Two Chinese Treasures

Third Avenue Below Market Street

Early 20th Century

In the earlier days of the Gaslamp, and long before the historical designation of the Asian Pacific District, the Gaslamp extended several blocks to the west. It is important to include some of the historic sites that serve as a reminder of the important contributions in commerce, culture and architecture made by the Chinese, Japanese, Filipino and Hawaiian communities.

The Chinese were the first Asians to occupy New Town San Diego. They developed fishing villages both downtown and in Point Loma. They anchored their fishing boats, built in San Diego and called junks, downtown off the foot of Third Street. The first houses were built on stilts along the shore, and the adjoining area inland gradually became known as Chinatown. The fishing and ship building industry downtown was ultimately lost when the railroad was built through the area (Pacific Mail and Steamship Wharf). The Chinese Exclusion Acts of 1888 and 1892, additionally, harmed the fishing and ship building industry, by prohibiting the immigration of Chinese laborers.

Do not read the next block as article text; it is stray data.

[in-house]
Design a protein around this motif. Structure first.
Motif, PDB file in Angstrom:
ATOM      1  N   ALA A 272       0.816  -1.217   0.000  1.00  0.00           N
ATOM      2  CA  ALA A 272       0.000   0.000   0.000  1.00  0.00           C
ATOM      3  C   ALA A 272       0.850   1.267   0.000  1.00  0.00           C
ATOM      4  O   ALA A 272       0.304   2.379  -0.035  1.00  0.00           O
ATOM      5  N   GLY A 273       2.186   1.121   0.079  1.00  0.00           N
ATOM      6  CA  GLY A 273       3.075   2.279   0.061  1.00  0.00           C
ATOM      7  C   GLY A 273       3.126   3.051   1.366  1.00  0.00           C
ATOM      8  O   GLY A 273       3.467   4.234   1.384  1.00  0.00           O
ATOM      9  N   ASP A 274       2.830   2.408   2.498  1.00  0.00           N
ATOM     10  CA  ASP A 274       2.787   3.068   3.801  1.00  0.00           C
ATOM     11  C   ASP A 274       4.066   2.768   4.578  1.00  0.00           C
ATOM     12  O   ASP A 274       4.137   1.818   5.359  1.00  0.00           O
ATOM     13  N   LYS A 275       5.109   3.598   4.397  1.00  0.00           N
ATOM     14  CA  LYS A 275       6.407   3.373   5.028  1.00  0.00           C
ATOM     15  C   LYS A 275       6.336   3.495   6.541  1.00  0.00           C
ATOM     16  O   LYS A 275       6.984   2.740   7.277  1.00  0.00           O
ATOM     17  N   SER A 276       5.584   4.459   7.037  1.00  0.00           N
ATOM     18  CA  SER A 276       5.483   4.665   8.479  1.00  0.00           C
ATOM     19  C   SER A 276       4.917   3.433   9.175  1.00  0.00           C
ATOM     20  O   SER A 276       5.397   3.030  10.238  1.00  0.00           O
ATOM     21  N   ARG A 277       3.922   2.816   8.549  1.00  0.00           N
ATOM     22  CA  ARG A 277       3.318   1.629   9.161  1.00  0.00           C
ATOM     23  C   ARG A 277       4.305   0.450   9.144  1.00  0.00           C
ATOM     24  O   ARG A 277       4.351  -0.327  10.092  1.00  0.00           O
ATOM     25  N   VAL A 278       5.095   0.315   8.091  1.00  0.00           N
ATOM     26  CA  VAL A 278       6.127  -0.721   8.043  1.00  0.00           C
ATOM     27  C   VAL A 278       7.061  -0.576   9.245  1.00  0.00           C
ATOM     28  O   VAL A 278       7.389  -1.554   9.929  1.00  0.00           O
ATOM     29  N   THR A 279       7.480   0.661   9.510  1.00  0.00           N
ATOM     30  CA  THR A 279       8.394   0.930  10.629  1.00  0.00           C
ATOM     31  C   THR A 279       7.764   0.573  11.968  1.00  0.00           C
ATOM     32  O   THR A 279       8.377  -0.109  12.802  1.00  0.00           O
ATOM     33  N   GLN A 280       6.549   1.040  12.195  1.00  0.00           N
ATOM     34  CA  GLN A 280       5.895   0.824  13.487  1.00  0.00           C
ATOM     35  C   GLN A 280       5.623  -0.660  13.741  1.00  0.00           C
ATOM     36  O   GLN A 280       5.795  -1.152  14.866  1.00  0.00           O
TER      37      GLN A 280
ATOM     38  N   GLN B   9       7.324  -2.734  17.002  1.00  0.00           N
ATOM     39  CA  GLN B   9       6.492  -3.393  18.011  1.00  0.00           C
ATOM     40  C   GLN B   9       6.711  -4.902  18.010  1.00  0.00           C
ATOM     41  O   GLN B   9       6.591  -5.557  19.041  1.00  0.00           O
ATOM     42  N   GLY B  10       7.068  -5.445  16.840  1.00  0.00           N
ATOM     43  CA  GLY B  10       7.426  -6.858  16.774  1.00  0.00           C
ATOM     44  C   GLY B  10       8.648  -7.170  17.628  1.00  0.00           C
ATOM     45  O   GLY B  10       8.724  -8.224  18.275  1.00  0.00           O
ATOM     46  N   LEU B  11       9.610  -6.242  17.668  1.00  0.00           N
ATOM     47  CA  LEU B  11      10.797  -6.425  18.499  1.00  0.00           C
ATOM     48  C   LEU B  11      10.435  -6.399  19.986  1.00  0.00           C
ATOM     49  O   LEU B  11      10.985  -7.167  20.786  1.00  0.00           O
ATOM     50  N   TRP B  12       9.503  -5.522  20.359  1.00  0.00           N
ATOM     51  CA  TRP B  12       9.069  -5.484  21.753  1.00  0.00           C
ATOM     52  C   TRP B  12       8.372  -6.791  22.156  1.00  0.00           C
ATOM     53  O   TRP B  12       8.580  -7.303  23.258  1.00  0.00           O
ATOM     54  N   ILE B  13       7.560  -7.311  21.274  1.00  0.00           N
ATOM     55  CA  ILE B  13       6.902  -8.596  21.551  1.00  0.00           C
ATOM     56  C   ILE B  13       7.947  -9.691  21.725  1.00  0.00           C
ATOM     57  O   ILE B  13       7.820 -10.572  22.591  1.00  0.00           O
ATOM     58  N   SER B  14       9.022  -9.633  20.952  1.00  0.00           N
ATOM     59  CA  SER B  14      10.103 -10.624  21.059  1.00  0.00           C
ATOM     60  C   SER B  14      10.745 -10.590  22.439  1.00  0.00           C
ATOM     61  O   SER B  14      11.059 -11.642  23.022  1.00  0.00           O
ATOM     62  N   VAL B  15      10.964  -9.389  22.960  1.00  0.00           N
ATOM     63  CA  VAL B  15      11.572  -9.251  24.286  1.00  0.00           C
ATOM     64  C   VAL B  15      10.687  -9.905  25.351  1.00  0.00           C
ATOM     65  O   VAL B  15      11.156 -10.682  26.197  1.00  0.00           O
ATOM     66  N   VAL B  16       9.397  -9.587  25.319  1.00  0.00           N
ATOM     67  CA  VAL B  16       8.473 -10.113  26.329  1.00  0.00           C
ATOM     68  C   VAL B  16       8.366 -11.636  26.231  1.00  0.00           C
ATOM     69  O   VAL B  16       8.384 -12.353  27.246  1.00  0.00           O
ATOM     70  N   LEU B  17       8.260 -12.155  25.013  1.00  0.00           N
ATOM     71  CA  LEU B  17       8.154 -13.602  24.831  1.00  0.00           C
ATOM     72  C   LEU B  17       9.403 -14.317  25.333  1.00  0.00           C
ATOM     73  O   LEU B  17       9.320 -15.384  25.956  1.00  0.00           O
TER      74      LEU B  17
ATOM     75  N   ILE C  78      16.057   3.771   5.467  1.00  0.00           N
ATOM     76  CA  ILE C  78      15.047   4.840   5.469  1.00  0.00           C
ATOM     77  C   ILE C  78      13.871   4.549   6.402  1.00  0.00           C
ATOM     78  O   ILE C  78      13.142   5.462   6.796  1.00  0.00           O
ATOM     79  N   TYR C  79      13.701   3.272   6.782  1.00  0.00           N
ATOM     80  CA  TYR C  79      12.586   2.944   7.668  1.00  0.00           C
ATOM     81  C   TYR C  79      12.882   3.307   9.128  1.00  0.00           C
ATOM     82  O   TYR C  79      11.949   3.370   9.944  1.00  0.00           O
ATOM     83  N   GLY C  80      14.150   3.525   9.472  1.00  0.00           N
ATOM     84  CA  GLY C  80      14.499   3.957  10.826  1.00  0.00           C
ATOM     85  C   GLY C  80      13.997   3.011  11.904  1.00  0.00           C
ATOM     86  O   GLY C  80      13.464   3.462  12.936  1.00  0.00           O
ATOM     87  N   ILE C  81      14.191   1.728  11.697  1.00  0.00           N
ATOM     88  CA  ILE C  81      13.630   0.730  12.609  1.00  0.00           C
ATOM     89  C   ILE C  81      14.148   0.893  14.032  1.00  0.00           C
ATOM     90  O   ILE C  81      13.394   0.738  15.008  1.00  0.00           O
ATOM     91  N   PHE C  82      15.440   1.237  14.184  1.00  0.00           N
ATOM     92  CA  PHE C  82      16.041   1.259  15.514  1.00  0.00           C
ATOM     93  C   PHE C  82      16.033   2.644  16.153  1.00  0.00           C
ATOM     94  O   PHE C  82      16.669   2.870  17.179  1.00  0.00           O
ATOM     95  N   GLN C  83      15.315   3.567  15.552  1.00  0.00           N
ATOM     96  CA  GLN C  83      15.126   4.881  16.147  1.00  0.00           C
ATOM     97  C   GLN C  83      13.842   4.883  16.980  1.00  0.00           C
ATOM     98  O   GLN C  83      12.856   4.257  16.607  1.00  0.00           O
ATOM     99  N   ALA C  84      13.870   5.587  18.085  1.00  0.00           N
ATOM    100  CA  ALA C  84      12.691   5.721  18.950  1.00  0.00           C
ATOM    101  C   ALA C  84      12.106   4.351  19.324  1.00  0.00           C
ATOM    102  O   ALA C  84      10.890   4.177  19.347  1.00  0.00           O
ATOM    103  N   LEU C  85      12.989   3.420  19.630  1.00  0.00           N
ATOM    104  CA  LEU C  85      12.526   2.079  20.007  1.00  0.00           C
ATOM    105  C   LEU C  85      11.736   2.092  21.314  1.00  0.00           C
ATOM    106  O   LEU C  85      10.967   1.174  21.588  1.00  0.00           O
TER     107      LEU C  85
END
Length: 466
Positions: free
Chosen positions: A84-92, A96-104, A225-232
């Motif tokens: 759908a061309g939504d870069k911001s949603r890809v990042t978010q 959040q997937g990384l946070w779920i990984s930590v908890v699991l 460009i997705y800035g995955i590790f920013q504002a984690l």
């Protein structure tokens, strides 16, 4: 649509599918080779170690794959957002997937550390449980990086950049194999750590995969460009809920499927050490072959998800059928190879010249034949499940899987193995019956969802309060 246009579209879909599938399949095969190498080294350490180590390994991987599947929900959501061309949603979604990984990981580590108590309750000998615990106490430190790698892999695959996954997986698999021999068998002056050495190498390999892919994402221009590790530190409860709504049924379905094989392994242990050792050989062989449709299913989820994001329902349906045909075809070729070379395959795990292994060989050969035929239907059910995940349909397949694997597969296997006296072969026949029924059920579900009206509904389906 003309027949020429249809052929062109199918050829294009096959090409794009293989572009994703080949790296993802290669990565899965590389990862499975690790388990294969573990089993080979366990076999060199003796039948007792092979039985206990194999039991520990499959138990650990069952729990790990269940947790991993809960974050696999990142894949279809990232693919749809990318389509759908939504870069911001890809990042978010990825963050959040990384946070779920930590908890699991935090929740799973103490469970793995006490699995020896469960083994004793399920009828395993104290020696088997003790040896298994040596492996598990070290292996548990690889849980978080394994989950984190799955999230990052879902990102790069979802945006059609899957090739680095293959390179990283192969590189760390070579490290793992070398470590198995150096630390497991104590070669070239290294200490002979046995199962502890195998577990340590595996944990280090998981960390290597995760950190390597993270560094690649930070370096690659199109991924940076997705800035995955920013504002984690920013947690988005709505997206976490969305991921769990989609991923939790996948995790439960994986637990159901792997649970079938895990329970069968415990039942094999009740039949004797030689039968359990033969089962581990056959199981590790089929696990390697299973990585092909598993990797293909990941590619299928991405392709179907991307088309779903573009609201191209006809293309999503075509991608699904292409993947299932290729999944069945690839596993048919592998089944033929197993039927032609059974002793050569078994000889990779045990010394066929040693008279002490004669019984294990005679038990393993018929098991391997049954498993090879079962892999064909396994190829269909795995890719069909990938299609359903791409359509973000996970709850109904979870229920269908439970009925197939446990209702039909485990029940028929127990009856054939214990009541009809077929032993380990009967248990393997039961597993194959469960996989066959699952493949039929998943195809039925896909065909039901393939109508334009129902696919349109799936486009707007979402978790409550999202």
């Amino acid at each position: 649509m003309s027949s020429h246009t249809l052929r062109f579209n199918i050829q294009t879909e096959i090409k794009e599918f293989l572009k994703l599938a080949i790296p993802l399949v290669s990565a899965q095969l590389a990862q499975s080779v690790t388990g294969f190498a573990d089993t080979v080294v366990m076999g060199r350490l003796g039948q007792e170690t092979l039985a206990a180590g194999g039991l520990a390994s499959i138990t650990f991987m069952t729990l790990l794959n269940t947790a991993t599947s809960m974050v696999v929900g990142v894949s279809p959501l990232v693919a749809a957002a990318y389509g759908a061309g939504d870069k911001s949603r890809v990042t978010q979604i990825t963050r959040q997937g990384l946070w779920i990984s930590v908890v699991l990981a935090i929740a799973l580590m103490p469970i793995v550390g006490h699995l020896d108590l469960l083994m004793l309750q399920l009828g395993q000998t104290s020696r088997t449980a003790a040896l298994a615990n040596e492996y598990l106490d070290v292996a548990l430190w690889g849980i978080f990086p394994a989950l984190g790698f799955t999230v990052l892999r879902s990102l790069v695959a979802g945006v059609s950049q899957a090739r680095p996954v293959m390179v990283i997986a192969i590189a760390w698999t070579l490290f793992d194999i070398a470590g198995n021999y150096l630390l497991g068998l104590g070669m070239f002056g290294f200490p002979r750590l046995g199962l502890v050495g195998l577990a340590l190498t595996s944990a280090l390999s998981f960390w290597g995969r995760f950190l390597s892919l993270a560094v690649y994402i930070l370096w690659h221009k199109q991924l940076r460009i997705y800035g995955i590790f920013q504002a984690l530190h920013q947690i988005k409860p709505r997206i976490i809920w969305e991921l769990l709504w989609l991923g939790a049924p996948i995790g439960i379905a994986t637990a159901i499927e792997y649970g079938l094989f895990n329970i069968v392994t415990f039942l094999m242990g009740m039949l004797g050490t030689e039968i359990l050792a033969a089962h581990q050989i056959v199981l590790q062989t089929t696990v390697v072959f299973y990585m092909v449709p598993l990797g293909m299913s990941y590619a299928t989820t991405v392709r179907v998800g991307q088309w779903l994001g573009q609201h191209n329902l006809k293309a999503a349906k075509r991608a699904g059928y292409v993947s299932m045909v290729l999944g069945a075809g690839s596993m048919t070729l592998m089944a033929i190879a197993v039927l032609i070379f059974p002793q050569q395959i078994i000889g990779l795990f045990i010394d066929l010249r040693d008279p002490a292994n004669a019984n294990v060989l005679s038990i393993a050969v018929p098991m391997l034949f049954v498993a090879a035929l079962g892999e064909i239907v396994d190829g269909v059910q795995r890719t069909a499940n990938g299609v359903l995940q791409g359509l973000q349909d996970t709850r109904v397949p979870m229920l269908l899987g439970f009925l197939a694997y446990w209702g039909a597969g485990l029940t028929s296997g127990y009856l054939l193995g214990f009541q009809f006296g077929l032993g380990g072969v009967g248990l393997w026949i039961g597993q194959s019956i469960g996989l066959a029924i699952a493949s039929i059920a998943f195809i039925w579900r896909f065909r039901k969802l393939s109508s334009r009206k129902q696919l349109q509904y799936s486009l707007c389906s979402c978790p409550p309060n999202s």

Before the exclusion acts, Ah Quin, who became known as the Mayor of Chinatown, acting as a labor contractor, brought many Chinese laborers to the U.S. to work on the transcontinental railroad. Ah Quin went on to become a highly successful businessman, husband and father, with one of his twelve children serving in WWI.

The early residents of Chinatown worked primarily in the service industries as laundrymen, cooks, gardeners and household servants. Because of the strong support within the community, the Chinese businesses also grew and soon included merchants, barbers, produce vendors, tailors, and herbalists. As the community grew and prospered, permanent buildings, many reflecting traditional Chinese architecture, replaced the early more temporary structures. Several of these structures are still present today, and the thriving Chinese influence is still evident.

The Ideal Hotel


540-546 Third Avenue

Architectural Style : Commercial/Residential

Formerly called the Plants and Fireproofing Building, the Ideal Hotel was built to house visitors of color to the Panama California Exposition of 1915. Consequently, it has a history of Chinese, African-American, and even Caucasian businesses and residents. This emphasizes how many marginalized groups managed to co-exist and thrive in the downtown area.